legend 1985 less than a fable more of a tale or an anecdote review

“Legend” (1985): Less than a Fable, More of a Tale – Or an Anecdote (Review)

“Legend” (1985): Less than a Fable, More of a Tale – Or an Anecdote (Review)

Legend is an original (in relative terms) cinematic dark fantasy fairy tale from Ridley Scott. It’s the film that Scott made following Blade Runner, arguably his masterpiece, which might be a large factor in its relative anonymity. The largest however is probably that fact that it’s not a very good film.

Given that it’s a Ridley Scott film it’s almost immediately striking. Visually it’s unique and the production values are all over the screen, the giant studio built forest a testament to the fact. And everything is lathered in glitter, literal bucket loads of glitter. That certainly adds to the dreamlike quality of the fantasy but it’s distracting when everyone is still “Edward Cullening” it up, dungeon crawling in the latter half. To continue leading with the positive, Darkness’ (the demonic main villain) make up is impressive, informing the design of Satan in several mediums since, though it does bring up the question why Tim Curry was needed for the role, his visage covered and voice distorted beyond recognition, there’s very little of him in it.

The plot follows a princess and a young forest boy who, along with several other forest entities, push back against Darkness in his quest to destroy joy and happiness through the extermination of unicorns. Classic good vs. evil setup. The premise has potential but is somewhat squandered with the seriousness of the execution, without the quality to back it up. Make no mistake, this is played 100% straight. But that’s not it’s sole problem as the pacing is sloppy, with the film meandering (both individual scenes, that are almost always too long, and as a whole) resulting in a rather dull affair.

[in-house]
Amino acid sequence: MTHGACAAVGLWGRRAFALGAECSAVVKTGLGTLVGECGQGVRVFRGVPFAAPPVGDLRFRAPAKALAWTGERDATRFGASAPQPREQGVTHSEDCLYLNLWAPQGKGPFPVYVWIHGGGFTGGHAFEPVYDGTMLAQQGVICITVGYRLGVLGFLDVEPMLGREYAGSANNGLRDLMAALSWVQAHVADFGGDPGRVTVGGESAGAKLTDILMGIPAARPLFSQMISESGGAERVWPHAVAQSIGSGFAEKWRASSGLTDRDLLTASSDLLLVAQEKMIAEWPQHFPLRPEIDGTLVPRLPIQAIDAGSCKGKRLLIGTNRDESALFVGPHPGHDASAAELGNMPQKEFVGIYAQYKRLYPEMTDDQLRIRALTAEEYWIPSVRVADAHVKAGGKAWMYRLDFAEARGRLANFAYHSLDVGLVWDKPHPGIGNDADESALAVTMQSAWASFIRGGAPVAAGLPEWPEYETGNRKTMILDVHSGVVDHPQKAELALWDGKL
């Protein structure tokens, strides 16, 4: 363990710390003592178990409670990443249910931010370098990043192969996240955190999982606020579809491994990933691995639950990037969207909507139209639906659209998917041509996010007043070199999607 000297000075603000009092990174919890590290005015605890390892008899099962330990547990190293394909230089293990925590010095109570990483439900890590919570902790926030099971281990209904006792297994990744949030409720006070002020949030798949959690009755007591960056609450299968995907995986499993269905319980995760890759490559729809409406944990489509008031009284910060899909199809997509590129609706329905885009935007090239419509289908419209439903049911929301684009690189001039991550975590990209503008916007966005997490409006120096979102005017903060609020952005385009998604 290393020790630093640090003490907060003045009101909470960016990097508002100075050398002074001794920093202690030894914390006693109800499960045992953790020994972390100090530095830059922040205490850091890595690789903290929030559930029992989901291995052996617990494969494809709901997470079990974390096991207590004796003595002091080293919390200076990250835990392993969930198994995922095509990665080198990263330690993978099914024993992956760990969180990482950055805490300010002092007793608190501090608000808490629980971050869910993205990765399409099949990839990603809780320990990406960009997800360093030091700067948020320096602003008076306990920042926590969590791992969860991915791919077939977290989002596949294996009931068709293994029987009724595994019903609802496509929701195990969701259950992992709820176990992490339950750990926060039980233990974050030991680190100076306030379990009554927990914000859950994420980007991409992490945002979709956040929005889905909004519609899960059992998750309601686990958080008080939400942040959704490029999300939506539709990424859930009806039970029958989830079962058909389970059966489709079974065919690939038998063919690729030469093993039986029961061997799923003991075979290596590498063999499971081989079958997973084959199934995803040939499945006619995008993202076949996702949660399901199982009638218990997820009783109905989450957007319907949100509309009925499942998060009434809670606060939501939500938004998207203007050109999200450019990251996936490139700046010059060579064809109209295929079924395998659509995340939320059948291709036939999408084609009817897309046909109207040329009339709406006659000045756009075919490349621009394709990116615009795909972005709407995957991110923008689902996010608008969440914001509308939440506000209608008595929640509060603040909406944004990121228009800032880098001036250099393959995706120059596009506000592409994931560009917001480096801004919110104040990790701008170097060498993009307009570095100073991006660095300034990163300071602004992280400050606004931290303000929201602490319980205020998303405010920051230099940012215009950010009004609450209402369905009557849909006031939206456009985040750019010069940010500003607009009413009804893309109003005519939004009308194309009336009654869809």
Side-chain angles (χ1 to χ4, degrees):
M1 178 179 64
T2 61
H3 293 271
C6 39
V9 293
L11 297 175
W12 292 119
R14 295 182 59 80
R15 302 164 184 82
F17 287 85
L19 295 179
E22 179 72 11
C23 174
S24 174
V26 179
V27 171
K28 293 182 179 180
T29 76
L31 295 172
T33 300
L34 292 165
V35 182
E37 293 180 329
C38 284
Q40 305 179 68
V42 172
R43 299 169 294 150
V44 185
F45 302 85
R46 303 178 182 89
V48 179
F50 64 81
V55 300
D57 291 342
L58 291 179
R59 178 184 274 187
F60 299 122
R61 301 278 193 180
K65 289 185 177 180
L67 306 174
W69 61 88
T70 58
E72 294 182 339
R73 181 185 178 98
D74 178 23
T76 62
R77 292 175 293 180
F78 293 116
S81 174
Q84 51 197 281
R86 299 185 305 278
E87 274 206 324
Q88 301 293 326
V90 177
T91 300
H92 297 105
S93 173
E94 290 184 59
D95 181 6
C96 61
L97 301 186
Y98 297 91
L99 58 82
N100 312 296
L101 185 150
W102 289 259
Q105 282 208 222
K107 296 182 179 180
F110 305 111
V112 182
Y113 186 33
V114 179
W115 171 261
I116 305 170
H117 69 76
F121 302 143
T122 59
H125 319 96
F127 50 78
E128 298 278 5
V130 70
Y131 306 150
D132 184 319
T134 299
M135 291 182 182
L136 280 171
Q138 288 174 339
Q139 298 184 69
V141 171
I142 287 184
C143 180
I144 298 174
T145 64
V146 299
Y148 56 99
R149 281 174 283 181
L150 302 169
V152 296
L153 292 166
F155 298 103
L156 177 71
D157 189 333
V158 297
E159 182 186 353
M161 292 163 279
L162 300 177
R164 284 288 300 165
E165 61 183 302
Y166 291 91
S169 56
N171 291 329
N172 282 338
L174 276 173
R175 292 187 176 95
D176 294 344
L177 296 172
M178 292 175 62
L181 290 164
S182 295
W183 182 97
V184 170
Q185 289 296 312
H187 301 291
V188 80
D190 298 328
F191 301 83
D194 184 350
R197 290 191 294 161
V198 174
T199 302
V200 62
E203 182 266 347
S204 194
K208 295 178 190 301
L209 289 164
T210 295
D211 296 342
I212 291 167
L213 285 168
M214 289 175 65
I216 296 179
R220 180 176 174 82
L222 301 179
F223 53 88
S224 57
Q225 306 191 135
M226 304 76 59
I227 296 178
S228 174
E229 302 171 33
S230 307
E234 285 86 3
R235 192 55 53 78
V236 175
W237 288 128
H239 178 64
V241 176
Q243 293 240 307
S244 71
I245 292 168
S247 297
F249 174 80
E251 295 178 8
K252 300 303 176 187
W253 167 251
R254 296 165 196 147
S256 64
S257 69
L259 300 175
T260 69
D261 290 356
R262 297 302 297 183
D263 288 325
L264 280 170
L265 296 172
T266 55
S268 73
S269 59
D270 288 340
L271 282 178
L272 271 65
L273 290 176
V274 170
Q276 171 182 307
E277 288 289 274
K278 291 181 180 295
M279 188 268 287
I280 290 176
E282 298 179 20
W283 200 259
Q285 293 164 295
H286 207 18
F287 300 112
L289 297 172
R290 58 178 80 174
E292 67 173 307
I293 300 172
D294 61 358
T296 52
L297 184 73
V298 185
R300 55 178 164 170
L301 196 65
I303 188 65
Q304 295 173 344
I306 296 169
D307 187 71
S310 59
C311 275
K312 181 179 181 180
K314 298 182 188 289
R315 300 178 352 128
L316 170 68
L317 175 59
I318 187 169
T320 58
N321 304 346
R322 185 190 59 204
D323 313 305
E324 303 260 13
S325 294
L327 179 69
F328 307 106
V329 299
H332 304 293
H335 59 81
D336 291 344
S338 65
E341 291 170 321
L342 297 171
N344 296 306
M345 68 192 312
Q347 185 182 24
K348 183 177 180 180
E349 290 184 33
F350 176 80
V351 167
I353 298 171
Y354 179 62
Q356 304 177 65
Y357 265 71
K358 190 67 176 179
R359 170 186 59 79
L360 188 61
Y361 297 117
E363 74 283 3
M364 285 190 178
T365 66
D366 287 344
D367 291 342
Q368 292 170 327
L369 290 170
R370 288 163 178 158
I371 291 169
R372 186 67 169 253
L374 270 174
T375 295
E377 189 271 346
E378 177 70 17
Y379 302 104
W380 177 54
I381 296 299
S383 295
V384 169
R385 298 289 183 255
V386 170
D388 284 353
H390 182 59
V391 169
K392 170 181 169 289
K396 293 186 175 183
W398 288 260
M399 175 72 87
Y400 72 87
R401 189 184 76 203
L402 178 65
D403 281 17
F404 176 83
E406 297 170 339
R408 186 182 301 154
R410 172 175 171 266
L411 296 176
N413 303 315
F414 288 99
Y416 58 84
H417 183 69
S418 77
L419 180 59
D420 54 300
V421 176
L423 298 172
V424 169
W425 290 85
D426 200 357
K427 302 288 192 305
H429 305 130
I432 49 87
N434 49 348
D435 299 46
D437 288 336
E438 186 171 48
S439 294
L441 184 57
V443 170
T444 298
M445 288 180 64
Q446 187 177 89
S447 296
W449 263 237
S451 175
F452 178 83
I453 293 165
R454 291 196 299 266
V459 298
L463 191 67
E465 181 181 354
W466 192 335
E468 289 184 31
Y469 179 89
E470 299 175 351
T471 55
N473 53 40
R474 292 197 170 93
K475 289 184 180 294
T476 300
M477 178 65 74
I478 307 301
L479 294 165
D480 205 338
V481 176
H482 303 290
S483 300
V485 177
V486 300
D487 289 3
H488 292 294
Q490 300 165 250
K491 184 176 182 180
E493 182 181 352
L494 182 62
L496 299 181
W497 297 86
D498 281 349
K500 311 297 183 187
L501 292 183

The leads, Mia Sara and a unibrowed Tom Cruise, are little more than pretty faces, their performances are anonymous and their characters lack any significant depth or charm. It’s not flat-out bad, just middling. Tim Curry is fine, but this isn’t a very flashy performance. With a lighter tone and Curry hamming it up more the film might actually been worth watching for more than its production design. That’s what this film seemingly is: An exercise in production design. Full marks to the costume, make-up, stage and props departments, their efforts deserve a much better fantasy film.

Legend just isn’t a whole lot of fun and is short on entertainment. The world and lore, or legend if you will, don’t support the somber tone and relative seriousness, with only a handful of elements that could be considered interesting. It’s kind of silly, without the full-blown fun that could’ve made it memorable. Instead it’s just mostly forgettable. Very average for all the talent involved.

The Glitter: The snow

The Glitterier: Tom Cruise’s face

The Glitteriest: Tom Cruise’s armor shorts

Overall: 5.2/10

Fun fact: Originally titled Legend of Darkness it would go on to partly inspire The Legend of Zelda series from Nintendo, arguably a superior work of fantasy.

Written By Sverrir Sigfusson

Tall, dark and handsome. Student of film theory at the University of Iceland. Purveyor of news and reviews. Consumer of fine music, quality films and fantastic video games. Opinionated and brutally honest yet totally nice and a huge fan of colorful pants.

Thursday July 18, 2019